Sonnet LXXXV. To March.

A poem by Anna Seward

MARCH, tho' the Hours of promise with bright ray
May gild thy noons, yet, on wild pinion borne,
Loud Winds more often rudely wake thy morn,
And harshly hymn thy early-closing day.
Still the chill'd Earth wears, with her tresses shorn,
Her bleak, grey garb: - yet not for this we mourn,
Nor, as in Winter's more enduring sway,
With festal viands, and Associates gay,
Arm 'gainst the Skies; - nor shun the piercing gale;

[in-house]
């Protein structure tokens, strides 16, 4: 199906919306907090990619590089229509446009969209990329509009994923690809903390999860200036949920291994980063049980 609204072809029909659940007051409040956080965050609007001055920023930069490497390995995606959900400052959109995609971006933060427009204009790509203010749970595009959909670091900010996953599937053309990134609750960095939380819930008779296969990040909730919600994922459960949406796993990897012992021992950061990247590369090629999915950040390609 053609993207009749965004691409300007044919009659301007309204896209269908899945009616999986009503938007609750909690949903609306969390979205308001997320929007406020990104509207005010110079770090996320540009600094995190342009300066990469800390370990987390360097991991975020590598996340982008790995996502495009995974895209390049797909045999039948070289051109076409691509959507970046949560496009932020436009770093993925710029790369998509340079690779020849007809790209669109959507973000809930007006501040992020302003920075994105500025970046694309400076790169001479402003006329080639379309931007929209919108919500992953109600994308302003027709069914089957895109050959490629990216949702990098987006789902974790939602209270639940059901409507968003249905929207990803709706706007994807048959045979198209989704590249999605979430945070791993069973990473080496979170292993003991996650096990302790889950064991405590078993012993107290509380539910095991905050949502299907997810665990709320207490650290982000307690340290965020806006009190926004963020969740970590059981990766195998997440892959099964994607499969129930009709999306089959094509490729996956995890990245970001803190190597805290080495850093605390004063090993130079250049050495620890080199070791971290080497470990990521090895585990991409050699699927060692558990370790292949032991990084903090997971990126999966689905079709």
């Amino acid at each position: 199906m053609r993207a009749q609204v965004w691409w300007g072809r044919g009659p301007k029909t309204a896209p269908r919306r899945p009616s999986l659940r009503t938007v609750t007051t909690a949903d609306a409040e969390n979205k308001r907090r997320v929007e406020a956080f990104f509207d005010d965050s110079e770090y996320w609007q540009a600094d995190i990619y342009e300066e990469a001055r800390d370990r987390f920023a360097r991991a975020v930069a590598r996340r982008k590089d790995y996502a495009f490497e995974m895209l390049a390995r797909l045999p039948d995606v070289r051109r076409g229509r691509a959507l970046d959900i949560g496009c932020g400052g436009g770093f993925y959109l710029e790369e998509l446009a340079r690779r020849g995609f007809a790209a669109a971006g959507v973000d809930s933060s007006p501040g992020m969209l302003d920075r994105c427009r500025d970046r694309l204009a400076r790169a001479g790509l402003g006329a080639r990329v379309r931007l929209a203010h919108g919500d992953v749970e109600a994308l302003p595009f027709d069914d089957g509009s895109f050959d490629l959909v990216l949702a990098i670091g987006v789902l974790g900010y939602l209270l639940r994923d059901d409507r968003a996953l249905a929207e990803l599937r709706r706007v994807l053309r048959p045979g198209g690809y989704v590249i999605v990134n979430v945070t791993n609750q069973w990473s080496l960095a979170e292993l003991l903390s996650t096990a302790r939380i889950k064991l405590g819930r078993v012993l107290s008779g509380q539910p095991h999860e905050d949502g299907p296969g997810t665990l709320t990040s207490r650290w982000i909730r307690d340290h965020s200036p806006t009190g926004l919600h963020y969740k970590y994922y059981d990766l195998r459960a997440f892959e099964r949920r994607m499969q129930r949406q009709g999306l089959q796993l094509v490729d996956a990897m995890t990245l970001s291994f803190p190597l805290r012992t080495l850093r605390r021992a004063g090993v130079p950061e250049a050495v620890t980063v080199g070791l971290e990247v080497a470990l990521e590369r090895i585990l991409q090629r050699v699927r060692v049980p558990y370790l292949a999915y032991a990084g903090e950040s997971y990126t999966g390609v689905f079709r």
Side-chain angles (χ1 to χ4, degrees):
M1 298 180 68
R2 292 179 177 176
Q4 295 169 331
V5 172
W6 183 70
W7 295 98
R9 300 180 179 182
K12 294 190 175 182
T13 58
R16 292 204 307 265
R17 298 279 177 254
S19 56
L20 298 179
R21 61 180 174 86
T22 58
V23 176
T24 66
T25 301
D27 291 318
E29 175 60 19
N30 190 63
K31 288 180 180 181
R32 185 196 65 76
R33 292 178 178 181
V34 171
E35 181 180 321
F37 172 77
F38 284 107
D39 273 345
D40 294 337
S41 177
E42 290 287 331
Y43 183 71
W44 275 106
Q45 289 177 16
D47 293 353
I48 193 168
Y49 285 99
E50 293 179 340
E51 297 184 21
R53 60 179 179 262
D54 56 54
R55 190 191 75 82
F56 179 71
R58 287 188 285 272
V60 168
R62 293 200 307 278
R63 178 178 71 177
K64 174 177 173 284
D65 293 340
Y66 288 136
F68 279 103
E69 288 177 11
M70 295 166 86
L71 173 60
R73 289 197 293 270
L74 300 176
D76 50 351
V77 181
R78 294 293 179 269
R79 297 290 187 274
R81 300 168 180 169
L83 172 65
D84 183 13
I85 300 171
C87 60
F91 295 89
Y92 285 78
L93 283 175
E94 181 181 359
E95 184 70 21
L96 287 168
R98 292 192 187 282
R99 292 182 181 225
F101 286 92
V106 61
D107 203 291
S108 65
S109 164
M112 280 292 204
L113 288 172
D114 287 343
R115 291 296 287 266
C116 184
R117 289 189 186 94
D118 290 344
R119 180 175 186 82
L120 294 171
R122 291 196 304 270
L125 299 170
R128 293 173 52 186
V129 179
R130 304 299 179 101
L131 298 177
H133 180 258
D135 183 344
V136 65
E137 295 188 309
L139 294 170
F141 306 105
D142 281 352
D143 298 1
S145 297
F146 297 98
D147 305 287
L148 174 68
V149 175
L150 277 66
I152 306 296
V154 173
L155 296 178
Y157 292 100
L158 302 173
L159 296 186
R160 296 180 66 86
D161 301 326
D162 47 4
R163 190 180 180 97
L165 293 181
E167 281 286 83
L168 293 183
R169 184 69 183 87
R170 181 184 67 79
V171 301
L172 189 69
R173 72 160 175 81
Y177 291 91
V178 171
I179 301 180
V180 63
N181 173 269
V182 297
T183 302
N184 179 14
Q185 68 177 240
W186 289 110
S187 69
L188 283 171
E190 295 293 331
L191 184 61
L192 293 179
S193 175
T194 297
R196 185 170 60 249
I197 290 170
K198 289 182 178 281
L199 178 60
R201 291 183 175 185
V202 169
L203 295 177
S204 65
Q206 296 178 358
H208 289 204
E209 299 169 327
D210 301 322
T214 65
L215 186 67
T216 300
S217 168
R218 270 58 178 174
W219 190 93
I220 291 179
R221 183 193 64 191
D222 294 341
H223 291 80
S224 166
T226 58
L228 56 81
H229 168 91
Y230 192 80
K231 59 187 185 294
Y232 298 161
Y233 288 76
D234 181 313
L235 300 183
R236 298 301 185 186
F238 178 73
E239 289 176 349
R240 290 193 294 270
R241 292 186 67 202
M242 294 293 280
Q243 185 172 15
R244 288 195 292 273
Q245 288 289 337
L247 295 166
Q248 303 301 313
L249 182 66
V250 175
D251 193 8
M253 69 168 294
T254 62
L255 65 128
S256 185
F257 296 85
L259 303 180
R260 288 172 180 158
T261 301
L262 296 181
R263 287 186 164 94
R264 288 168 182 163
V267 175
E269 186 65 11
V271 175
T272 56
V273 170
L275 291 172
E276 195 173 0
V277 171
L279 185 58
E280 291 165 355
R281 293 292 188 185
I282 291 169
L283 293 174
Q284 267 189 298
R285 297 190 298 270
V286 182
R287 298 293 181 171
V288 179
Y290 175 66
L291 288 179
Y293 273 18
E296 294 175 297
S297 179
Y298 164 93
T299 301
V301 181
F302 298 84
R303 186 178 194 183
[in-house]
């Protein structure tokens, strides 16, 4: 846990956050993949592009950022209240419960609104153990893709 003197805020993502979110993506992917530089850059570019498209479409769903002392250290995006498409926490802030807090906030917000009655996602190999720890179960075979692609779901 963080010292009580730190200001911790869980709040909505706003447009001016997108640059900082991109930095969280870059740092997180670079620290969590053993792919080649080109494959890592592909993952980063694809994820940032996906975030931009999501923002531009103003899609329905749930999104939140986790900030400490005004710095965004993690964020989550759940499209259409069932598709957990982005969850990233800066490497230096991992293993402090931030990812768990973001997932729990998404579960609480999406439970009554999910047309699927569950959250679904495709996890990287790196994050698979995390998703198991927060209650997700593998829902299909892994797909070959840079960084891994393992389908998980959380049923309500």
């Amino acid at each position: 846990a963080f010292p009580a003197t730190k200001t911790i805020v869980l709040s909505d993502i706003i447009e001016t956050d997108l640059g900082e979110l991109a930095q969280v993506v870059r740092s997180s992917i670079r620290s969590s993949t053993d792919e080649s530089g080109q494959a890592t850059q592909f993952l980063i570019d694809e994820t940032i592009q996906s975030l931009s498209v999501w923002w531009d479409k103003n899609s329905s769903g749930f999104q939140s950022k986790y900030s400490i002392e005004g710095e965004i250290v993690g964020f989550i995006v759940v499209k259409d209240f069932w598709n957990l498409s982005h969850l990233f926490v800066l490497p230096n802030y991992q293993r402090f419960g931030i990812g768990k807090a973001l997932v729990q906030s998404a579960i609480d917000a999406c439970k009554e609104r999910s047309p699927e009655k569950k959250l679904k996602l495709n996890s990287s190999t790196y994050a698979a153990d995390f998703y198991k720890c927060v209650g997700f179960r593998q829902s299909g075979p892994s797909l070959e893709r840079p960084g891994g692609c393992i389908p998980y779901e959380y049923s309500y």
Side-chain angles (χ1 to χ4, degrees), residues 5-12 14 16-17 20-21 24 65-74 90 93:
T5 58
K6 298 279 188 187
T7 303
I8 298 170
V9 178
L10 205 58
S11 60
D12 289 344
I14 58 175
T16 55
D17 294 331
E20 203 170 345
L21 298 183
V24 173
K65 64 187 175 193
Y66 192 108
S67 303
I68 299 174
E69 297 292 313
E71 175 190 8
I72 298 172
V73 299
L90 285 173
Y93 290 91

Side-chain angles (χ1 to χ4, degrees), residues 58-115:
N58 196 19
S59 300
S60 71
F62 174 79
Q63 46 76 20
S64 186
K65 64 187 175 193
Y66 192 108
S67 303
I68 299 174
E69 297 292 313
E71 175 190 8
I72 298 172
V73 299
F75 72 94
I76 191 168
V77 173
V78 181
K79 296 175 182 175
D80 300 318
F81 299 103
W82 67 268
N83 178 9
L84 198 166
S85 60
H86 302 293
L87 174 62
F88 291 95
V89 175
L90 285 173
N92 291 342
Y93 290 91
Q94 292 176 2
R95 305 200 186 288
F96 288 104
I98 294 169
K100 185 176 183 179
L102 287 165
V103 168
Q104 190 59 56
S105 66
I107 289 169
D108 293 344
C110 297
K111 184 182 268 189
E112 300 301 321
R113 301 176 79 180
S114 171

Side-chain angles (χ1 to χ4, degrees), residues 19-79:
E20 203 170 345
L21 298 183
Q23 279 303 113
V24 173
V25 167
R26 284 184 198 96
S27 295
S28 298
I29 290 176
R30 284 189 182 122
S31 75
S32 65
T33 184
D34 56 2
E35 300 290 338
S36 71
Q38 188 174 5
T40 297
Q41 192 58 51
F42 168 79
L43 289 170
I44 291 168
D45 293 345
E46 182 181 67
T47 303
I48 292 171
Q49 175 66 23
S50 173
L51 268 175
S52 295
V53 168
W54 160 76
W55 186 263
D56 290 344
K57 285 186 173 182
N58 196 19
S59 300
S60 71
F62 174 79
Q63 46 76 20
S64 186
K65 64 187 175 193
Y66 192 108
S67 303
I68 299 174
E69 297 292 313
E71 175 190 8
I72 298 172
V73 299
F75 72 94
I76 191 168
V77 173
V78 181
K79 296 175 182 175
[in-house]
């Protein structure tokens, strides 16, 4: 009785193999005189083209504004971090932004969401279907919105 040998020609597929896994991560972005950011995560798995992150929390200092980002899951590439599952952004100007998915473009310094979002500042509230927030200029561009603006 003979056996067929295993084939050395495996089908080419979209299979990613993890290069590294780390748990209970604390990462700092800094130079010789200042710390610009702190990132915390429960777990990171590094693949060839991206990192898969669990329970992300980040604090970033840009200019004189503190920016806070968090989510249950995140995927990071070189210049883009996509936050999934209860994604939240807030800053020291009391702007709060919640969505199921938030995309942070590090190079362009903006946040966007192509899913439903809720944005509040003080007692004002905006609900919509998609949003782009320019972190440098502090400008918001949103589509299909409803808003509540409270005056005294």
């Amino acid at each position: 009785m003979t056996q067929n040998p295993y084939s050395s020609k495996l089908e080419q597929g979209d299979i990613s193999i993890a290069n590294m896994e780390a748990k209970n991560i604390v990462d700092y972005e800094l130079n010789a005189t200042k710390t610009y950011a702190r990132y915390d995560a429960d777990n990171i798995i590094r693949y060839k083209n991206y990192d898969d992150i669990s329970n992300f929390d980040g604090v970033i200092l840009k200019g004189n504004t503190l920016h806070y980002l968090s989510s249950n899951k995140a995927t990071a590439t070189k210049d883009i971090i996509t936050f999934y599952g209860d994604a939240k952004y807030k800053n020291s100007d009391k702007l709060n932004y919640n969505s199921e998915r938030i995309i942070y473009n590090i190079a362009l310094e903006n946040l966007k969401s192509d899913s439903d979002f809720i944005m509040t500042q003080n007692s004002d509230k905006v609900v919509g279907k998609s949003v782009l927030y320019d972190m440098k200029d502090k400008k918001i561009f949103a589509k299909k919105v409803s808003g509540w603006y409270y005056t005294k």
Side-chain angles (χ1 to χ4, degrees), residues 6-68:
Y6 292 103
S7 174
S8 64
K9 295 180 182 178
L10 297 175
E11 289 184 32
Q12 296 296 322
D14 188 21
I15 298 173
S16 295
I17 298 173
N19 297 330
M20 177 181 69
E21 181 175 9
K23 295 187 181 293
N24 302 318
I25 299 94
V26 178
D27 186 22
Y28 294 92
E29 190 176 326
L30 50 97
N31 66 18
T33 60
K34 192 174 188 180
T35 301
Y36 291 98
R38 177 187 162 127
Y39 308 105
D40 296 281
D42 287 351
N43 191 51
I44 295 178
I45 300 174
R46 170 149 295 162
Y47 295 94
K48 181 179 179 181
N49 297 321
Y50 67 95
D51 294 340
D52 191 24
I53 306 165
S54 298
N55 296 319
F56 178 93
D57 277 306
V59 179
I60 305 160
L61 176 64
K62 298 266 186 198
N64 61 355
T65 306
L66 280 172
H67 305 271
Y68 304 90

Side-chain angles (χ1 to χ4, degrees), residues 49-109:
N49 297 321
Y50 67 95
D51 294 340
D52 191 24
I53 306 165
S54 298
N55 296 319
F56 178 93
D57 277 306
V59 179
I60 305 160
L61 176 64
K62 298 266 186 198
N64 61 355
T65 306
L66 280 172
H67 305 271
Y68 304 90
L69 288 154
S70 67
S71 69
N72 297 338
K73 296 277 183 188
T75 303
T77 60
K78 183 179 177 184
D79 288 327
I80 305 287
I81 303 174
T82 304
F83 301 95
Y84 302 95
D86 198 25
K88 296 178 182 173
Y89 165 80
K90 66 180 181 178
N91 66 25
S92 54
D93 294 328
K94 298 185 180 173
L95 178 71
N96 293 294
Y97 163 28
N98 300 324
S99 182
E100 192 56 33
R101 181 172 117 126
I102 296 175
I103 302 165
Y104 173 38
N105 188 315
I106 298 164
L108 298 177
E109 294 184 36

But, with blue cheeks, and with disorder'd hair,
Meet its rough breath; - and peep for primrose pale,
Or lurking violet, under hedges bare;
And, thro' long evenings, from our Lares[1] claim
The thrift of stinted grate, and sullen flame.

1: Lares, Hearth-Gods.

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